You do not have to register it for it to be valid. However, it is a good idea to register it, so that if something happens to you, someone can actually find it. You register it with the Register of Wills. In Baltimore City it's located at the Circuit Court on Calvert Street.
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A Will is valid whether it is filed with the Register of Wills or kept someplace else. The advantage to filing it with the Register of Wills is that your heirs will know where to find it and it will not be lost or destroyed.
There is a nominal fee to register the Will. Call the Register of Wills and they can tell you how to file it.
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I agree with my colleagues.
The only addition I would add is that if you live in Baltimore County, you would file the Will with the Register of Wills at the Circuit for Baltimore County in Towson. If you are a resident of Baltimore City, you would file it at the Circuit Court for Baltimore City on Calvert Street.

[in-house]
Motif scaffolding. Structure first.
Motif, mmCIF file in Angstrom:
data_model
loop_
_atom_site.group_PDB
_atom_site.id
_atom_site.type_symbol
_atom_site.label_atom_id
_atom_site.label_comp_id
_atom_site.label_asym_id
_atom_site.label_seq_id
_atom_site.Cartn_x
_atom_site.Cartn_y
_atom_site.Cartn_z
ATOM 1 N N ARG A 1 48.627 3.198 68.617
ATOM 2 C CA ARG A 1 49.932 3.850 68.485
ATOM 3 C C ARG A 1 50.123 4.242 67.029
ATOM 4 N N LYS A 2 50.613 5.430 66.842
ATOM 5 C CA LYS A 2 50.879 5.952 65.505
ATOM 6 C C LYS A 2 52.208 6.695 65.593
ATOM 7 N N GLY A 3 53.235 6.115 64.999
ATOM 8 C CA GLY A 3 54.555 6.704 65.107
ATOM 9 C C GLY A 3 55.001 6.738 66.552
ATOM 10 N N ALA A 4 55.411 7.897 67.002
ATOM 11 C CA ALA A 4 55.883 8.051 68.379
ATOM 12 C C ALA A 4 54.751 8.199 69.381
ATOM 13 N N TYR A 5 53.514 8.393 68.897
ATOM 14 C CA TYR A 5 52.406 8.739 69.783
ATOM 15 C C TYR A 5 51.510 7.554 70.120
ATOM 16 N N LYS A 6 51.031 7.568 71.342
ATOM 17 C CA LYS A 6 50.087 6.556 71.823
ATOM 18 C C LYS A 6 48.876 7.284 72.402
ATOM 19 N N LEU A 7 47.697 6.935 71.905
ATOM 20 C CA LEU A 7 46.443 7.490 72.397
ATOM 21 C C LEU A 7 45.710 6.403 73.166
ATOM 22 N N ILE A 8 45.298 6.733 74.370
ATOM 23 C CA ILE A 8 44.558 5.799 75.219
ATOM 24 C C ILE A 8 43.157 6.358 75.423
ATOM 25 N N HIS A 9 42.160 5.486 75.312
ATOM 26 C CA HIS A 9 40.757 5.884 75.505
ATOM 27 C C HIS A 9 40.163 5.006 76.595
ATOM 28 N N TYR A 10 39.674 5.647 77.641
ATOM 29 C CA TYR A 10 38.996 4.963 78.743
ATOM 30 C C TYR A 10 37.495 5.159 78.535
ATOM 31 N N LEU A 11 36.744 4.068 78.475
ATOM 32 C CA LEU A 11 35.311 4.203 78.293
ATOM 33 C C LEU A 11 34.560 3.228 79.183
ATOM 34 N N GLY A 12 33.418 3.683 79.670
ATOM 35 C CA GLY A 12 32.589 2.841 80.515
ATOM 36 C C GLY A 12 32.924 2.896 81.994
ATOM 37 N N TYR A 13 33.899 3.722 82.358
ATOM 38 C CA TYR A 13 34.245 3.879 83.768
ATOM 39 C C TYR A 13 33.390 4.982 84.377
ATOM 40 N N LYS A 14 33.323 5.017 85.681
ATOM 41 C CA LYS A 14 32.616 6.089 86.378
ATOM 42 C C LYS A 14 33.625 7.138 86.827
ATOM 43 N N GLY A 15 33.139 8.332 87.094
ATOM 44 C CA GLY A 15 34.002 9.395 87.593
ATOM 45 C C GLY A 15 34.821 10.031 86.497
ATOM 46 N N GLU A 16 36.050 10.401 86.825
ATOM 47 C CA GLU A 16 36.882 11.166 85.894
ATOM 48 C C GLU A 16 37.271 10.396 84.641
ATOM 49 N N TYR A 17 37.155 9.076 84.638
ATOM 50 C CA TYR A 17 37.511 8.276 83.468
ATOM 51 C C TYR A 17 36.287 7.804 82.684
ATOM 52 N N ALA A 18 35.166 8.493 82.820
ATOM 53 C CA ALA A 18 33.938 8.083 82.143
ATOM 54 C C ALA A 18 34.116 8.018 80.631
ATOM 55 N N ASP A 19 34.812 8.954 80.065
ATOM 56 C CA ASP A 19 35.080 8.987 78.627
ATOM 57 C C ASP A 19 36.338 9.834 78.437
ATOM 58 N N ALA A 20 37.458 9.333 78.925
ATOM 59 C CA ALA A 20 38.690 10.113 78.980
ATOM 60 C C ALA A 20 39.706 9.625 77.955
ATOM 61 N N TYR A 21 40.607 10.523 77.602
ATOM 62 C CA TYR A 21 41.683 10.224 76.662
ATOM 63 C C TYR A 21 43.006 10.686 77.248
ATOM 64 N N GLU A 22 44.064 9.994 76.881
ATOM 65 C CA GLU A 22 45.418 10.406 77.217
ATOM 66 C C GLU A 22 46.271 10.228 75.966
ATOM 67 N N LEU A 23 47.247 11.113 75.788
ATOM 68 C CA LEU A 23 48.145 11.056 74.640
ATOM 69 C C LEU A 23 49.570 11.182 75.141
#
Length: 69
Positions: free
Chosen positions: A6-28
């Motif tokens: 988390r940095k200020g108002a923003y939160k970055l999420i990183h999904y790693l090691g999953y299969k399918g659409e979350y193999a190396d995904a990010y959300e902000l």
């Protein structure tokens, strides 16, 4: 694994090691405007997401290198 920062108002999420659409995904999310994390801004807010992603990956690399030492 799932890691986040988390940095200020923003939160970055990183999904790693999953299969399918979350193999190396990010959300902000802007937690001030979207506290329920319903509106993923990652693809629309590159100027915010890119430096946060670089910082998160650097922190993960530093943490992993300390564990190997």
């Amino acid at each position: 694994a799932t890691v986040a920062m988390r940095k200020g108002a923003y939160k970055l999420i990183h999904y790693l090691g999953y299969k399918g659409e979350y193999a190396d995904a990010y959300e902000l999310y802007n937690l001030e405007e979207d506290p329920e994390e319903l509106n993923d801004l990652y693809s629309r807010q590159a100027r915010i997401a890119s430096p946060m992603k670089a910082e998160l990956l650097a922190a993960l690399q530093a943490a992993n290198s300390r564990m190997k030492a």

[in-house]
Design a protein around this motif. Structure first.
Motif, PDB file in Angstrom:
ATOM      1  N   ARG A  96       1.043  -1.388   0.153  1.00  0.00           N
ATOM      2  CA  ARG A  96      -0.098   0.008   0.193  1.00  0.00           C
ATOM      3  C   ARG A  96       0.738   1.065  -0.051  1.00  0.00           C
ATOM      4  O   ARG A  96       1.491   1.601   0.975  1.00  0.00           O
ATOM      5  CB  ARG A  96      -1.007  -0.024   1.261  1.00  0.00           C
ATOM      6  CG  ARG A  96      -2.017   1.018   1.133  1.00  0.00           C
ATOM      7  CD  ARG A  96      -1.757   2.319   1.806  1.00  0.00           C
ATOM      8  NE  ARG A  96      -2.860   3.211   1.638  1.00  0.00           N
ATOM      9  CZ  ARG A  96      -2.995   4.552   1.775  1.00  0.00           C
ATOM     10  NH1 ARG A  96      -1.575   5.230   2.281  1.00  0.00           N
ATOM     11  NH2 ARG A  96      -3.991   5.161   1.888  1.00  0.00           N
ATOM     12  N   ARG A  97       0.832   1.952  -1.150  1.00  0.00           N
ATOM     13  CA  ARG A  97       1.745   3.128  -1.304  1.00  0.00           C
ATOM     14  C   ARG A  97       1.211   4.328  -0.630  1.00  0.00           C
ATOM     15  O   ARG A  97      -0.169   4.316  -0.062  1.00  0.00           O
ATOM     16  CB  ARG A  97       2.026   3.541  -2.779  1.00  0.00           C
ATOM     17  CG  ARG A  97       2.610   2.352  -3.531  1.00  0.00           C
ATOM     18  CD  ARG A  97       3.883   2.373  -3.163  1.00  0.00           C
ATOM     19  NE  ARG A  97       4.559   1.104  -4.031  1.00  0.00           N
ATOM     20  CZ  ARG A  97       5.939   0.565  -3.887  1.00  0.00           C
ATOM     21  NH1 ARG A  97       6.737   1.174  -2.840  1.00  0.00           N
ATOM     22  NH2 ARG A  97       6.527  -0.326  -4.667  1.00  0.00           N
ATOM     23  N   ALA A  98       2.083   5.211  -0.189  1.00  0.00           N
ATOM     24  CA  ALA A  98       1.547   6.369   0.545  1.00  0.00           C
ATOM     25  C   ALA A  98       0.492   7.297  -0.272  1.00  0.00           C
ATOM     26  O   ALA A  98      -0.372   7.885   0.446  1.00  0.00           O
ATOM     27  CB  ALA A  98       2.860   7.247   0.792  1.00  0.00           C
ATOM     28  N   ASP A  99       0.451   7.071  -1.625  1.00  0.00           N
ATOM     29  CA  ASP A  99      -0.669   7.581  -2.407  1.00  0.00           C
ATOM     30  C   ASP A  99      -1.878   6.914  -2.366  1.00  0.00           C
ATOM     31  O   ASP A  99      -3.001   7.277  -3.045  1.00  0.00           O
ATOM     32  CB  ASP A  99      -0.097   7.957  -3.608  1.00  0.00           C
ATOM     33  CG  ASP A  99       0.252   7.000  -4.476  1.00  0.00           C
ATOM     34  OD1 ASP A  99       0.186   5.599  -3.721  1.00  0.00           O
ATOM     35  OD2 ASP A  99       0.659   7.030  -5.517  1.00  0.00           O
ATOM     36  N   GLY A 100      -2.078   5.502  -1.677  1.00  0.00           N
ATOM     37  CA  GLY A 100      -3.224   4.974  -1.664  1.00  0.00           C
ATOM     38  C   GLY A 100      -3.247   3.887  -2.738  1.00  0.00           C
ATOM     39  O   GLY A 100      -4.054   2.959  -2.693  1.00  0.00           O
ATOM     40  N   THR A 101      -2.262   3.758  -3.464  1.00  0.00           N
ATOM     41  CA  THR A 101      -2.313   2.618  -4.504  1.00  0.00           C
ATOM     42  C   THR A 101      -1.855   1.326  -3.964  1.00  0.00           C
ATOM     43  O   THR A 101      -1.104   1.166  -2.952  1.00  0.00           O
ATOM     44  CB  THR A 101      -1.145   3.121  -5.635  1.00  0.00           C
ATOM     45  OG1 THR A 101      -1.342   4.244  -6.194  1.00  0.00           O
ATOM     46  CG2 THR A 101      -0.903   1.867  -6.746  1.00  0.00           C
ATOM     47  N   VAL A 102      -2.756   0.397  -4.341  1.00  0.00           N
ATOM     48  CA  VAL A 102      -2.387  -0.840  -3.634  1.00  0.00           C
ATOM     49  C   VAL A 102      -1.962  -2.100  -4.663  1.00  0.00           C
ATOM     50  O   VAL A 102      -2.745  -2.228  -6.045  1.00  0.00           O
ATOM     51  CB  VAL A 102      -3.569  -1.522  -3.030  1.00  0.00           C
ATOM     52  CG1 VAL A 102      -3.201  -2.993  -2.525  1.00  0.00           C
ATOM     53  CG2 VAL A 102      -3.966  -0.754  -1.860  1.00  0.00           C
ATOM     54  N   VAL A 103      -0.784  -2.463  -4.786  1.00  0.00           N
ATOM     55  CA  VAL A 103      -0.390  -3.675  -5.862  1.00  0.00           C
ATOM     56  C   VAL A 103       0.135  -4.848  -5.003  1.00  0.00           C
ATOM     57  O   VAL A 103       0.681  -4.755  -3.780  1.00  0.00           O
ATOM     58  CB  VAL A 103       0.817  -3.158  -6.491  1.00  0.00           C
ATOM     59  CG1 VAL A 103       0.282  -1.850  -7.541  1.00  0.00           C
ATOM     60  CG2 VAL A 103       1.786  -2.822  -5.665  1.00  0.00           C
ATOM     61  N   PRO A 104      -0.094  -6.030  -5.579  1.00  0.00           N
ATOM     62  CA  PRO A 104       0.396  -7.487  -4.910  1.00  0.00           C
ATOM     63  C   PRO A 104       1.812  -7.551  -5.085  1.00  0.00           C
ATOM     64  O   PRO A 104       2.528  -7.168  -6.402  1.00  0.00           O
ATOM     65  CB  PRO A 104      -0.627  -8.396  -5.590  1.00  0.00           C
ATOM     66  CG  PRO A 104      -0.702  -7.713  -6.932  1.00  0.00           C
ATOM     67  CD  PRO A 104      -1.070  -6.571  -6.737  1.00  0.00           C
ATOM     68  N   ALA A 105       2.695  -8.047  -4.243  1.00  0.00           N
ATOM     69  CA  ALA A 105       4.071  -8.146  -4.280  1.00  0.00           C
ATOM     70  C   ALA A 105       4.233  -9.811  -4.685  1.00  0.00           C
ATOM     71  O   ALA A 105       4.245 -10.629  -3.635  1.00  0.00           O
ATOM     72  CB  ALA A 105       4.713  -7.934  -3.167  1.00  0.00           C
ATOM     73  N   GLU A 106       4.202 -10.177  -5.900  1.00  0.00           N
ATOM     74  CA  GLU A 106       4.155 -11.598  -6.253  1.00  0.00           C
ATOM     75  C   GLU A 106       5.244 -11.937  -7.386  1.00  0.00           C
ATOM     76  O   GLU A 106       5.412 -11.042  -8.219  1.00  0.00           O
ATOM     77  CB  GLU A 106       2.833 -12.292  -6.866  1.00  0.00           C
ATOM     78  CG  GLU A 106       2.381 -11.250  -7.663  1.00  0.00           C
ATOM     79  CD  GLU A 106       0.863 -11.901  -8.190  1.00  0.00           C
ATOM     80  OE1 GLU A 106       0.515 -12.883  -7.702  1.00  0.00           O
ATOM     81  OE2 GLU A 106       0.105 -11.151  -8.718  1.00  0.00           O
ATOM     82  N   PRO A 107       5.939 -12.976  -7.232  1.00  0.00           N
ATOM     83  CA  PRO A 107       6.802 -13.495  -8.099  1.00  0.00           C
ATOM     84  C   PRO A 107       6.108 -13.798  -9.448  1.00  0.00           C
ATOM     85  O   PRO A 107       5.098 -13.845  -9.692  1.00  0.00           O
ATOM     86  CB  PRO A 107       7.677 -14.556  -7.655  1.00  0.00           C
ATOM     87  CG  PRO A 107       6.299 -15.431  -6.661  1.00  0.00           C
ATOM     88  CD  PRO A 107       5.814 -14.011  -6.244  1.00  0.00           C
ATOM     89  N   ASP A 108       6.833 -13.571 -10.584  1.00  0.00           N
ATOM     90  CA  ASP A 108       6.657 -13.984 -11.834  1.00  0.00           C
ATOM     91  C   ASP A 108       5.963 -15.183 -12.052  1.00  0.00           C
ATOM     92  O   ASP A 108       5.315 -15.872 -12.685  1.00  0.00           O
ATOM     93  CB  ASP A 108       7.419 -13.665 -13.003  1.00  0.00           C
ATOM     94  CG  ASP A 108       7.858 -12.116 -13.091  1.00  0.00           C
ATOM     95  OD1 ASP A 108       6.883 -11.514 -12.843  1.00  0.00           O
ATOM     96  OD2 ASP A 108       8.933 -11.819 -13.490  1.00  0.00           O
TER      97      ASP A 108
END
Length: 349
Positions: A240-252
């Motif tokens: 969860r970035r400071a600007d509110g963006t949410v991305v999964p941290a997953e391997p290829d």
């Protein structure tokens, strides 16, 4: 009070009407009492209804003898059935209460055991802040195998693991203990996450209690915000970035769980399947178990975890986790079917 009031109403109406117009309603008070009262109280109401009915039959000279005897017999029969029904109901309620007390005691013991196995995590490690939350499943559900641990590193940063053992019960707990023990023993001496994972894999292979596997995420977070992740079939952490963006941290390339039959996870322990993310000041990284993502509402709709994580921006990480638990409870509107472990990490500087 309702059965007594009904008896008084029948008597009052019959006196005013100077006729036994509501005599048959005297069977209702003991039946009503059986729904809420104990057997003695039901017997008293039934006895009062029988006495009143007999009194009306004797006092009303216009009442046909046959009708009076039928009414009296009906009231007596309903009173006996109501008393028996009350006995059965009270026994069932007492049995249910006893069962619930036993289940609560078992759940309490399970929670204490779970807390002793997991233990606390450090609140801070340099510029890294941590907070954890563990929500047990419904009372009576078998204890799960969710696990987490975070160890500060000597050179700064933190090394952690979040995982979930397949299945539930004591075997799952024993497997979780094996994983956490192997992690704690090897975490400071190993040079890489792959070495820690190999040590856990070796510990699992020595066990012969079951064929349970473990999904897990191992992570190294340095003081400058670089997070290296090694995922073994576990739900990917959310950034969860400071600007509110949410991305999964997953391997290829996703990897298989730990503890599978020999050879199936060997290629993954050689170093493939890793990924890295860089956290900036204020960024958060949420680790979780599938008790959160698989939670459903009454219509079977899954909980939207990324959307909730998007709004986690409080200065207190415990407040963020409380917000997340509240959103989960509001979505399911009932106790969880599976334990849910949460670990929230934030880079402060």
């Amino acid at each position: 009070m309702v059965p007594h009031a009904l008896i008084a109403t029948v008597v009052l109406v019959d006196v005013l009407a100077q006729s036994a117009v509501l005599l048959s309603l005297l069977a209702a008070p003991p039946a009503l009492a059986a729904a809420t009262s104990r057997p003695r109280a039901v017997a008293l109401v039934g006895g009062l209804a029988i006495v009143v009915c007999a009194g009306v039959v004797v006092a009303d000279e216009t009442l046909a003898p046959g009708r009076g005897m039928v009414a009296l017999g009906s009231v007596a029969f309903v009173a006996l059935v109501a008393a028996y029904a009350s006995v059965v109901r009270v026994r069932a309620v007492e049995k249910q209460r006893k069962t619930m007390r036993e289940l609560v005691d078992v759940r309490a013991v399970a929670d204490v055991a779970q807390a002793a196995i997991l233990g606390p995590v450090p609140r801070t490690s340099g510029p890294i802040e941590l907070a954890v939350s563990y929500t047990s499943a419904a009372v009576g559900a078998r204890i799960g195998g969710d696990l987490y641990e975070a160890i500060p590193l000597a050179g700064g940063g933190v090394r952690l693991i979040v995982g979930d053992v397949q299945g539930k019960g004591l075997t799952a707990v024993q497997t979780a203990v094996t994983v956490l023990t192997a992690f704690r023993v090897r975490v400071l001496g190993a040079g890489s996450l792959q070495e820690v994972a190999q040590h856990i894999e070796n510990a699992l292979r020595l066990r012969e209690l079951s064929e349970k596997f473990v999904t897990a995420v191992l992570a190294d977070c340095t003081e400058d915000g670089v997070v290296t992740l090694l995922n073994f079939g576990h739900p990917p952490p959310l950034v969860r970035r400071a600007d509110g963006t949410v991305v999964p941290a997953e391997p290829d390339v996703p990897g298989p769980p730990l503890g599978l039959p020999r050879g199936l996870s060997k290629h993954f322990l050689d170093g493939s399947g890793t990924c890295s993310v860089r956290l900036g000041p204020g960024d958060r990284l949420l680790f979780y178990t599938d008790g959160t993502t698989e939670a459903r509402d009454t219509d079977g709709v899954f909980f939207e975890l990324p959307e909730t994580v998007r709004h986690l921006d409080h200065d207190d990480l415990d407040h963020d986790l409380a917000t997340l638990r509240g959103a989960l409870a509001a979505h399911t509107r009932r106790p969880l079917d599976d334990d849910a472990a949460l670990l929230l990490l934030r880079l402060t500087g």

No. It costs maybe $2.00 to register it at the Register of Wills in the circuit court of the county where you reside. All registering a will does is keep it safe and someplace it can be found. When you die, the person you named as your Personal Representative will have to go and retrieve the will in order to file it in an estate proceeding. The Register of Wills does not automatically do this for you. If you fail to tell anyone that you registered it, then they would not know to look for it there. Also, if you relocate to another county or state, you should retrieve the will and refuel it where you live. Same goes if you decide to amend the will, since you would have to retrieve the original and destroy it after making a new one. For this reason, many people choose to keep their original will in their home and tell their PR where it can be found, or they have their lawyer maintain it for them in the firm's bank safety deposit box. This allows for ease of access, but it is up to you. What you do not want to do is keep it in your own bank safety deposit box, because once you have died, no one would be able to get into the box to retrieve the will-- not even your named PR, who would have to file the will first before they could be appointed.